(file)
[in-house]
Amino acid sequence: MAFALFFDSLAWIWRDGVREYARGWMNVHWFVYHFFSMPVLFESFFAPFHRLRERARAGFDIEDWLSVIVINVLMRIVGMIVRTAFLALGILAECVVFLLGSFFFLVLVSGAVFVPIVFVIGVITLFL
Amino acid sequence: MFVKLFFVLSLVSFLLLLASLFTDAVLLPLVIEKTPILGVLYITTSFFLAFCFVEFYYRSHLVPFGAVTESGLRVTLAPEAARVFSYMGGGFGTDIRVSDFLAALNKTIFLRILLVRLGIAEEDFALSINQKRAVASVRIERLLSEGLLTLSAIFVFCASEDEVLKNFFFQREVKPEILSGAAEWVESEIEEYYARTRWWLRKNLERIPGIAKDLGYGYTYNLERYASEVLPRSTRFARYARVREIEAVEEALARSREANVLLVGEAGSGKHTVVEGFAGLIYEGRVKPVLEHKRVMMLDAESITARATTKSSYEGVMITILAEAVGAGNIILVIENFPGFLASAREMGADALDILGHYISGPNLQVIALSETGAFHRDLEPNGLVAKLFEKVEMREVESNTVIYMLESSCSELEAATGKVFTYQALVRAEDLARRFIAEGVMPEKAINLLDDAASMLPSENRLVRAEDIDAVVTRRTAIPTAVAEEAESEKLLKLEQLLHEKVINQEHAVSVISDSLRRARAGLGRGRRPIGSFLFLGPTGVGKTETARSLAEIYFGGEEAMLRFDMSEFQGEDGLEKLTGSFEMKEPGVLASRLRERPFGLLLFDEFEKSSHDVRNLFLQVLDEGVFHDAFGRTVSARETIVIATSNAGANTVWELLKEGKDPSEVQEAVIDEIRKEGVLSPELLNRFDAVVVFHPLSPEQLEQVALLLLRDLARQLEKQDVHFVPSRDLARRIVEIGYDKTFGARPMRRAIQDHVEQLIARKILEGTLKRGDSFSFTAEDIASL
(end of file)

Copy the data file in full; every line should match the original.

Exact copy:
[in-house]
Amino acid sequence: MAFALFFDSLAWIWRDGVREYARGWMNVHWFVYHFFSMPVLFESFFAPFHRLRERARAGFDIEDWLSVIVINVLMRIVGMIVRTAFLALGILAECVVFLLGSFFFLVLVSGAVFVPIVFVIGVITLFL
Amino acid sequence: MFVKLFFVLSLVSFLLLLASLFTDAVLLPLVIEKTPILGVLYITTSFFLAFCFVEFYYRSHLVPFGAVTESGLRVTLAPEAARVFSYMGGGFGTDIRVSDFLAALNKTIFLRILLVRLGIAEEDFALSINQKRAVASVRIERLLSEGLLTLSAIFVFCASEDEVLKNFFFQREVKPEILSGAAEWVESEIEEYYARTRWWLRKNLERIPGIAKDLGYGYTYNLERYASEVLPRSTRFARYARVREIEAVEEALARSREANVLLVGEAGSGKHTVVEGFAGLIYEGRVKPVLEHKRVMMLDAESITARATTKSSYEGVMITILAEAVGAGNIILVIENFPGFLASAREMGADALDILGHYISGPNLQVIALSETGAFHRDLEPNGLVAKLFEKVEMREVESNTVIYMLESSCSELEAATGKVFTYQALVRAEDLARRFIAEGVMPEKAINLLDDAASMLPSENRLVRAEDIDAVVTRRTAIPTAVAEEAESEKLLKLEQLLHEKVINQEHAVSVISDSLRRARAGLGRGRRPIGSFLFLGPTGVGKTETARSLAEIYFGGEEAMLRFDMSEFQGEDGLEKLTGSFEMKEPGVLASRLRERPFGLLLFDEFEKSSHDVRNLFLQVLDEGVFHDAFGRTVSARETIVIATSNAGANTVWELLKEGKDPSEVQEAVIDEIRKEGVLSPELLNRFDAVVVFHPLSPEQLEQVALLLLRDLARQLEKQDVHFVPSRDLARRIVEIGYDKTFGARPMRRAIQDHVEQLIARKILEGTLKRGDSFSFTAEDIASL